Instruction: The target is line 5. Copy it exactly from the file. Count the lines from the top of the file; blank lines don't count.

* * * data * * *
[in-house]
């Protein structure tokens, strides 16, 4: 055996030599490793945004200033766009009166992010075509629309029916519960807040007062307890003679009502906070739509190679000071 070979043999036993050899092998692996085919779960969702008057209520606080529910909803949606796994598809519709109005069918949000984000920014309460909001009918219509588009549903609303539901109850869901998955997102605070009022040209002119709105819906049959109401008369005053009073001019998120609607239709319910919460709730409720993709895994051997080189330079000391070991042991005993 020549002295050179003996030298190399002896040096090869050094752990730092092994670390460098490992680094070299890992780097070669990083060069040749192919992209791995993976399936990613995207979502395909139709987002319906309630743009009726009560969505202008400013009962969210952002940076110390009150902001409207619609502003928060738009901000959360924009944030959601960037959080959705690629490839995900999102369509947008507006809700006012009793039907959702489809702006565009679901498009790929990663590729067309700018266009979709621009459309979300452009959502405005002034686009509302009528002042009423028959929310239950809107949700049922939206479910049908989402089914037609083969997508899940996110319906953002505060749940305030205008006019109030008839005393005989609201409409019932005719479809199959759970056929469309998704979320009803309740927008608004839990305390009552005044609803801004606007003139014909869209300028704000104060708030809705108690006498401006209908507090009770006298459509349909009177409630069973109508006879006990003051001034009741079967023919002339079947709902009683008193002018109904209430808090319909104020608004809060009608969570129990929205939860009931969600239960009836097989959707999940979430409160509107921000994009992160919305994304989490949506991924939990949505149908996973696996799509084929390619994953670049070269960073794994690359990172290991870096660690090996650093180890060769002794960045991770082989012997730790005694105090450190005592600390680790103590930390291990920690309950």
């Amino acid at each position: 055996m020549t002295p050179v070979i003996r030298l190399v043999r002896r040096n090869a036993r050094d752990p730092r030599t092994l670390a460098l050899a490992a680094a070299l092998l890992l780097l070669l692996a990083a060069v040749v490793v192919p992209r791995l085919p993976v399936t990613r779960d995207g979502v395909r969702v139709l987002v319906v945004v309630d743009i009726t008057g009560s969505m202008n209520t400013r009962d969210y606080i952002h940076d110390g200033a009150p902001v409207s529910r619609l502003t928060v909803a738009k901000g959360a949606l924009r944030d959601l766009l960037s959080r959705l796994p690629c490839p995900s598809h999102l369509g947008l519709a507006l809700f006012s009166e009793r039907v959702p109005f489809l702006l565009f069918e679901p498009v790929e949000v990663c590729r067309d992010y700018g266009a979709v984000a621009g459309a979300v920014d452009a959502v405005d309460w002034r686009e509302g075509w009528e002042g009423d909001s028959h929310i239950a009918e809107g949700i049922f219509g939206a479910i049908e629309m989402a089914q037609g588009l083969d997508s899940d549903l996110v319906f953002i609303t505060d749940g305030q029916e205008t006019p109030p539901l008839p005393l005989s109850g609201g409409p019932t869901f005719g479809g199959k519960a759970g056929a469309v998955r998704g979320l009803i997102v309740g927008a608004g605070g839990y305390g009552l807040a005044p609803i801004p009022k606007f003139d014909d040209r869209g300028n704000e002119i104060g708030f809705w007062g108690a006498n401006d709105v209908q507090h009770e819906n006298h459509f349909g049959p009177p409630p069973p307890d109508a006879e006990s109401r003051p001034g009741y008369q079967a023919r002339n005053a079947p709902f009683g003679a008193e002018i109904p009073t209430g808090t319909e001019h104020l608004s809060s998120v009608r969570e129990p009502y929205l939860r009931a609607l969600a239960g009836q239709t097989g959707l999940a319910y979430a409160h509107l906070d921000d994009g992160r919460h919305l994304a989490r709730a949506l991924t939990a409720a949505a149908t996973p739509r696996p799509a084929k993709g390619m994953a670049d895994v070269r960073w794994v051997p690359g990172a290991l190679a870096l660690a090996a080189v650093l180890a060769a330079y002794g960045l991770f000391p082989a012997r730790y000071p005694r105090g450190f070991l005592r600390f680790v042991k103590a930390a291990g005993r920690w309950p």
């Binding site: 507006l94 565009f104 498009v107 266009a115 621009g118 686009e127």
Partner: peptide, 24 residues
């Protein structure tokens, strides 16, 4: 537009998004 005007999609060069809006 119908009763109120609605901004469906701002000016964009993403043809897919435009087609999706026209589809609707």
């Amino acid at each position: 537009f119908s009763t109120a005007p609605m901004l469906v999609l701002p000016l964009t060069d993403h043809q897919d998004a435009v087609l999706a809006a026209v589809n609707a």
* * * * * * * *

Partner: peptide, 24 residues